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A Candid Interview About Covid, The New Omicron Virus, And Vaccines

by Jason Ray Morton 6 months ago in Humanity
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By: Jason Morton

A Candid Interview About Covid, The New Omicron Virus, And Vaccines
Photo by Fusion Medical Animation on Unsplash

Another Variant Is On The Way-Omicron

By now, we all know that Omicron is coming. Not to be confused with the world-ending Transformer, Unicron, Omicron is likely to be less fun than the toy and cartoon character put out by the Hasbro Company. Omicron is just the latest in the endless pandemic emergency that the governments of earth, the best minds in the scientific community, and the citizens of the world have had to contend with during the past two years. We're all getting tired, even frustrated by the new world. The phrase, the New Normal, was coined in the mid-summer of 2020. Here we are, and it's nearly 2022, and nothing about this feels normal to most people. Especially those that have suffered through the hardships and suffering caused by the virus.

I've known many people now that have succumbed to Covid-19's effects. A few of them are no longer among the living. Some have been so sick that they prayed for death, and yet, even more, landed somewhere between not knowing they had anything wrong and just a miserable bout of something they thought was the flu. From a mid-20s athletic, clean living, you lady that first contracted the virus a year ago and could be four or five years from being over the effects to the time I, myself, had Covid-19 and had no idea I was sick until a test told me I'd had Covid.

Interviewing Someone Struggling With Covid Issues

We've all heard of the potential side effects from the vaccines that are supposed to protect us from Covid-19 and its many variants. As I was reading about Omicron, and what effects it might have on people, I spoke with my brother about how he's had to deal with Covid.

Me: What were your first impressions of Covid-19?

Jerome: That they were overhyped and that the media caused a lot of fear and apprehension than was appropriate at the time, considering what little we knew about the virus.

Me: Since you first heard about covid, how has your impression of the virus and the pandemic changed?

Jerome: I've come to accept that the virus is a very real threat and that it affects some portions of the population more than others. After hearing about how people with O-positive blood were more resistant to the virus, I didn't take it as seriously as perhaps I should have.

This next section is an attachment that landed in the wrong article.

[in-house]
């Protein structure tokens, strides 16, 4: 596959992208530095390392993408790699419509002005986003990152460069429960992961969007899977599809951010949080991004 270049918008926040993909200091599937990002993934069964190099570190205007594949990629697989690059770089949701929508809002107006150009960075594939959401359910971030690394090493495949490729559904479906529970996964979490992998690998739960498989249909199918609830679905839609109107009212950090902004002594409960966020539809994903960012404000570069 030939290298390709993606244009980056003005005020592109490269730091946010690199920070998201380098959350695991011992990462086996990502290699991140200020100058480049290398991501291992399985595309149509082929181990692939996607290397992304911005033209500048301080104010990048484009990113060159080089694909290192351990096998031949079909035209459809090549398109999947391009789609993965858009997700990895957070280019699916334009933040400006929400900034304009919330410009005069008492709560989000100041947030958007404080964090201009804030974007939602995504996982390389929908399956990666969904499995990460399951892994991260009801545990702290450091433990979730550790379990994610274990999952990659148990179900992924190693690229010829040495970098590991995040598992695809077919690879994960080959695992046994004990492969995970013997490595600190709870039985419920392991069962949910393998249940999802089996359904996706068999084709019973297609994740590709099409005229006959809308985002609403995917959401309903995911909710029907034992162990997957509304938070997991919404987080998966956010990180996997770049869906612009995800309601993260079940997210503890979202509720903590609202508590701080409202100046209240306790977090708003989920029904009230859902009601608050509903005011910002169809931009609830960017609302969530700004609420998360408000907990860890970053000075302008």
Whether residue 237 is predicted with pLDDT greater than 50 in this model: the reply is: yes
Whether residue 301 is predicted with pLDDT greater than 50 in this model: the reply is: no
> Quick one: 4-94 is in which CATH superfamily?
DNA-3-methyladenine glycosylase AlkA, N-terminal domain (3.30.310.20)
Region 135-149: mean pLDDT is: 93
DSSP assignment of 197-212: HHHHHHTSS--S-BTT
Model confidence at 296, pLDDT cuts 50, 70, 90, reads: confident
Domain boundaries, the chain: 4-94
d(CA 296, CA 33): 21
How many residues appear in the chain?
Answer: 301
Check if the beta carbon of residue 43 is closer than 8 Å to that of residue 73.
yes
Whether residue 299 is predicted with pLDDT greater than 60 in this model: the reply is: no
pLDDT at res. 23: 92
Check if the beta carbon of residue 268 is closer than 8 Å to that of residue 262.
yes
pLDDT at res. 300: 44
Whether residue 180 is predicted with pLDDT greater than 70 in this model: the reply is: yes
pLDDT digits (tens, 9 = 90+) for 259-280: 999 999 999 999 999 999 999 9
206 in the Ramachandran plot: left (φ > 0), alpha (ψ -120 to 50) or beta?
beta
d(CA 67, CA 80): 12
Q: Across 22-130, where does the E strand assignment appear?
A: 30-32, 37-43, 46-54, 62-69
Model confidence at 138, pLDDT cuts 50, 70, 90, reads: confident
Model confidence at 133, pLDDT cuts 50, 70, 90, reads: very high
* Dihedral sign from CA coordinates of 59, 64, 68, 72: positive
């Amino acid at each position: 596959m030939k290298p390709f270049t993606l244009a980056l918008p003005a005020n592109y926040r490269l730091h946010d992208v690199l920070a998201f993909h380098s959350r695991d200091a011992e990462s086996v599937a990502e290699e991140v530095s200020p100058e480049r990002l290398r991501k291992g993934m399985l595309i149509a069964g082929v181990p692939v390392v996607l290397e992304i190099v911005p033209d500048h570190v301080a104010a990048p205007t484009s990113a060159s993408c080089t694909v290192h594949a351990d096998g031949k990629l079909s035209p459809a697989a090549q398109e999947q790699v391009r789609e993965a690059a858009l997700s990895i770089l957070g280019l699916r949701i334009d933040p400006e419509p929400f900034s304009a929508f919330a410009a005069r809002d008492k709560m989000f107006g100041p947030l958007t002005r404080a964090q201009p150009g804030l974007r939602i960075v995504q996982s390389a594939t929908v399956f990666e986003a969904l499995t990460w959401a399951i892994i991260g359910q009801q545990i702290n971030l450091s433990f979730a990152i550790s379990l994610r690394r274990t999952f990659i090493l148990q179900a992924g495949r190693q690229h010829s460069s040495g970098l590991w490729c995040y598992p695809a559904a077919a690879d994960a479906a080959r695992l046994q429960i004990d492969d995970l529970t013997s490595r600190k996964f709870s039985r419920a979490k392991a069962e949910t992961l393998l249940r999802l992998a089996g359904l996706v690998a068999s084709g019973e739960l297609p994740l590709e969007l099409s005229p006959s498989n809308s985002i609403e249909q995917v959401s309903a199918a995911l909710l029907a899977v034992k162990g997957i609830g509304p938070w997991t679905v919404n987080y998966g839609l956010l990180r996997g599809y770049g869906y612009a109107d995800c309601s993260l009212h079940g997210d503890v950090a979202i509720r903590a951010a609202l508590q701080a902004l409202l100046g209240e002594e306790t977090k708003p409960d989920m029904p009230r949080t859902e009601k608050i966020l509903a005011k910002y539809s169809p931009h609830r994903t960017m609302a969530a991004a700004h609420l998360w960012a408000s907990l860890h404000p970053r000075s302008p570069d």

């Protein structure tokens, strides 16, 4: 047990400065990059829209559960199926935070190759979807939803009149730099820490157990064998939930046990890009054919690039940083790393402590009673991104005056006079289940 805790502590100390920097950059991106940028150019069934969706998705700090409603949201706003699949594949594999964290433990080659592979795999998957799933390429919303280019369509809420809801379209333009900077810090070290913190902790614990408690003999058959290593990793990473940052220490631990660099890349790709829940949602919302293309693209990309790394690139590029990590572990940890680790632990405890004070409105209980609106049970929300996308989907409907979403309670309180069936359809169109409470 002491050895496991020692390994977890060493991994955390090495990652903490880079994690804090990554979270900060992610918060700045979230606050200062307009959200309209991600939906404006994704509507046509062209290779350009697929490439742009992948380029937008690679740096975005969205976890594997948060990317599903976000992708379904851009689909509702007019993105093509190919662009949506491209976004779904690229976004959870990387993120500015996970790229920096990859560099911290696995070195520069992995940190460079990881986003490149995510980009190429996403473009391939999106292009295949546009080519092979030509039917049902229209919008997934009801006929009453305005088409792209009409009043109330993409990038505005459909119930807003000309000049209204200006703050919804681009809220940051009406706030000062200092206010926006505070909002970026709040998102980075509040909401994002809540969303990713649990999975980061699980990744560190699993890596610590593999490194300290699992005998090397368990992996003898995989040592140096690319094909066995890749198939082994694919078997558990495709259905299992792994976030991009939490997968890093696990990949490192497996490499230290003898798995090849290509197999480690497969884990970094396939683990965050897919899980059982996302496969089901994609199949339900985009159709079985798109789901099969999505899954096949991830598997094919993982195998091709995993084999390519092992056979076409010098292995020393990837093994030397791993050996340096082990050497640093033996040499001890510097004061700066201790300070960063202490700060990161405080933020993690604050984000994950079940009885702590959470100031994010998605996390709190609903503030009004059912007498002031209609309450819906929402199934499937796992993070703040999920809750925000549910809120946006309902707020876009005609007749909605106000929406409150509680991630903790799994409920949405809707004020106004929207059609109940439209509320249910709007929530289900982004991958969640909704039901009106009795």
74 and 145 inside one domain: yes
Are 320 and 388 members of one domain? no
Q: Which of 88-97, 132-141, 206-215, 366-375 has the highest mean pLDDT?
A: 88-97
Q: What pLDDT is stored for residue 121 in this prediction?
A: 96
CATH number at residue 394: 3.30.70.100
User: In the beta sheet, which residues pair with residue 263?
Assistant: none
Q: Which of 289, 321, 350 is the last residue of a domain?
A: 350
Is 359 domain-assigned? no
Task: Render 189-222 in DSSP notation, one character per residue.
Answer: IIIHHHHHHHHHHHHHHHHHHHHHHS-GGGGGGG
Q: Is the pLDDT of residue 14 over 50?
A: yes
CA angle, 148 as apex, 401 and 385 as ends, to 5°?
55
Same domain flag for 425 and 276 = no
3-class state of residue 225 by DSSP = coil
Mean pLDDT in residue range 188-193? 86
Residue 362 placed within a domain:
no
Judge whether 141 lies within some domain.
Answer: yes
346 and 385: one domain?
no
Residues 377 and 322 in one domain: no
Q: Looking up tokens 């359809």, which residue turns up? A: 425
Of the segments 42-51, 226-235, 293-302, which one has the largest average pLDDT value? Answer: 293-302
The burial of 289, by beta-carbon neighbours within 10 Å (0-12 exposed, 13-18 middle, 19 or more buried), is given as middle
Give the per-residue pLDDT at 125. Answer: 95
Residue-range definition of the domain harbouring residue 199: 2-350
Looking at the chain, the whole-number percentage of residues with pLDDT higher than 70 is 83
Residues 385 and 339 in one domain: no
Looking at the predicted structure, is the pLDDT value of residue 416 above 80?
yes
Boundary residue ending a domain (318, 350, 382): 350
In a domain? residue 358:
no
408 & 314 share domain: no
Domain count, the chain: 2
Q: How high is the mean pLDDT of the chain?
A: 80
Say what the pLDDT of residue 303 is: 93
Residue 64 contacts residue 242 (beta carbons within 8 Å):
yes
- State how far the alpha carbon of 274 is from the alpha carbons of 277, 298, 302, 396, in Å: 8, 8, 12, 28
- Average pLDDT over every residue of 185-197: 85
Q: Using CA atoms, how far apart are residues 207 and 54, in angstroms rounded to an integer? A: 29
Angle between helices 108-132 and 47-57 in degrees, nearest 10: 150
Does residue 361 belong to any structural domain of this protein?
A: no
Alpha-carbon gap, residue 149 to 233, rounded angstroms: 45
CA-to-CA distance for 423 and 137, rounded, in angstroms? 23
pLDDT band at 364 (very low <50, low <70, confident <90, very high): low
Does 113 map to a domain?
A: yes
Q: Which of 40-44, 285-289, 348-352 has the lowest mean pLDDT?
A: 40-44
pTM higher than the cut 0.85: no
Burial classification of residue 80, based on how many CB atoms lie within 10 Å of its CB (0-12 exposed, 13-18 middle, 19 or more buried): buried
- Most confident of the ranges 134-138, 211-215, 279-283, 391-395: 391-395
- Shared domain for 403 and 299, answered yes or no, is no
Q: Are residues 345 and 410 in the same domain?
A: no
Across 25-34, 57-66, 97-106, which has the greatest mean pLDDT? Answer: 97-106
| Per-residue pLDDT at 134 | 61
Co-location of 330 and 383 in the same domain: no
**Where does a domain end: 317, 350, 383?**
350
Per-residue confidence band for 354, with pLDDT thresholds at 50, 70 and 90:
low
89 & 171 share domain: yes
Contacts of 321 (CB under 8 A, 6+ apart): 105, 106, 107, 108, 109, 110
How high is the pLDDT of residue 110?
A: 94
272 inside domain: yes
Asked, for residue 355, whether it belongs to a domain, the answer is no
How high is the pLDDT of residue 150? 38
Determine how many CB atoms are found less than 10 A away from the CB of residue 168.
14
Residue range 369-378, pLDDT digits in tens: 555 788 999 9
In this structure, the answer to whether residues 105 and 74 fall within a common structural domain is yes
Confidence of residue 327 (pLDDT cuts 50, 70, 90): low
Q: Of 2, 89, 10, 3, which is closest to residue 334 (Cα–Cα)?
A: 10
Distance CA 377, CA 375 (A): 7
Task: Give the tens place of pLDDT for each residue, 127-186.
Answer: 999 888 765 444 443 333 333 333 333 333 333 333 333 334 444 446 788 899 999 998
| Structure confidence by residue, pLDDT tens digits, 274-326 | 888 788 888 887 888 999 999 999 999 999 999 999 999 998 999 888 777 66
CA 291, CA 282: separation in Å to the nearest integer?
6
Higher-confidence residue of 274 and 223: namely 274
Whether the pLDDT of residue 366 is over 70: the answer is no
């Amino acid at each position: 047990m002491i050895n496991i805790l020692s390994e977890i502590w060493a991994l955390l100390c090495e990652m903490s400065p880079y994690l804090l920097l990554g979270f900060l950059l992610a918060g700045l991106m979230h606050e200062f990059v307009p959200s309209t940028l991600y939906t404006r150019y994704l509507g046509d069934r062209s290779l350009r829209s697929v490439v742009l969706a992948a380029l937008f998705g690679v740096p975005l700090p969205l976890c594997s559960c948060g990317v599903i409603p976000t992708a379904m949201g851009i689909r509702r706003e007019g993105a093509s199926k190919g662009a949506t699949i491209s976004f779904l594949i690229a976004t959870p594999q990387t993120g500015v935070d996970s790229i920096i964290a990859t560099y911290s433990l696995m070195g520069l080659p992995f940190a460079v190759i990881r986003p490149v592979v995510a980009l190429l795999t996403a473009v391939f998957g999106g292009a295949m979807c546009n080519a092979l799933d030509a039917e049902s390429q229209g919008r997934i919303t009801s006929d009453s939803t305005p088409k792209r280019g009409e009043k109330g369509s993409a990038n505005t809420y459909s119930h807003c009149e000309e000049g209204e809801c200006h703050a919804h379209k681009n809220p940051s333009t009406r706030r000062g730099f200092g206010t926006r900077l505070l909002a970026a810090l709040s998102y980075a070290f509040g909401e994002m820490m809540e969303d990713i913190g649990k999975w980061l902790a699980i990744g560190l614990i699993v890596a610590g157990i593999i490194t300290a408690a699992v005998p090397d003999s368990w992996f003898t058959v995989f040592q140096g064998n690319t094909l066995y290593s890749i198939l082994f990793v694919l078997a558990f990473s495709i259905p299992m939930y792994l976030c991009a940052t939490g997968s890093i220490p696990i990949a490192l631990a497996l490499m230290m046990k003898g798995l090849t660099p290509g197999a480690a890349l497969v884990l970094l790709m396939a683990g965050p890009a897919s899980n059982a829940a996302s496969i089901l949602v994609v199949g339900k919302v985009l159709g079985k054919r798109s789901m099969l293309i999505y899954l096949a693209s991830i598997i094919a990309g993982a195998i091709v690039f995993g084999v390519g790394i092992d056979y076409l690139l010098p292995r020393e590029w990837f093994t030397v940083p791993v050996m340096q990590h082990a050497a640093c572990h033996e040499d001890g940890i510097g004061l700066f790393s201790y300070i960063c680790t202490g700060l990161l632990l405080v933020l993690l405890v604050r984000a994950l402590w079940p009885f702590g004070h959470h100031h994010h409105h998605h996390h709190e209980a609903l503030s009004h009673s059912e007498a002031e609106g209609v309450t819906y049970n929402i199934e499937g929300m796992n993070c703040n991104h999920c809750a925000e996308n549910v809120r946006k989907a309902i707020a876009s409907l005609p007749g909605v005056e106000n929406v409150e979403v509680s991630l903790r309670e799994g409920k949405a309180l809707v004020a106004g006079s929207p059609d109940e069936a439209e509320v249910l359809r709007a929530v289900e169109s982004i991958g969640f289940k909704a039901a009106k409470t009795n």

Me: How did the virus personally affect you as we faced our first global health emergency in our lifetimes?

Jerome: The lockdowns felt very confining. It was like a nightmare with the idea of not being able to get back to normal routines, the freedom to see a movie, the fear of going to public places, what were the authorities going to do if I was out of the home without a reason.

I work from home but am connected to people all over the world and hearing that one of our co-workers died from Covid-19 while on a job site was a scary reality to live with.

Me: We've all faced living in a different world now that we're in the middle of the pandemic. How has the pandemic changed or affected your life?

Jerome: Wearing a mask everywhere I go feels unnatural. I understand the need for the masks but don't feel physically comfortable wearing a mask. I think that there's an impact on people. You don't get to understand people by facial expressions. Nobody smiles in public, or if they do you don't get to see them. People are in more of a rush, nobody is getting the chance to stand and visit with people in the public.

Living in fear has been difficult. The fear of getting sick, or worse. Not feeling comfortable or safe when you are around strangers. At the same time, I miss socialization. Working at home, I didn't get the advantage of leaving the house like some people during the pandemic. Working from home is great, but when you're in a lockdown and don't have any escape it becomes mentally stressful.

Me: What have you done to help cope with life and the changes.

Jerome: I took up fishing, as you know. For me, it was a lifesaver. Not having much of a life before, picking up a new hobby that got me out walking, out seeing something other than the four walls, saved me from having a mental crisis. Then, the streaming services released things straight to streaming. As a huge movie fan and someone that looked forward to weekend trips to the theater, when the streaming services released new movies it saved my sanity.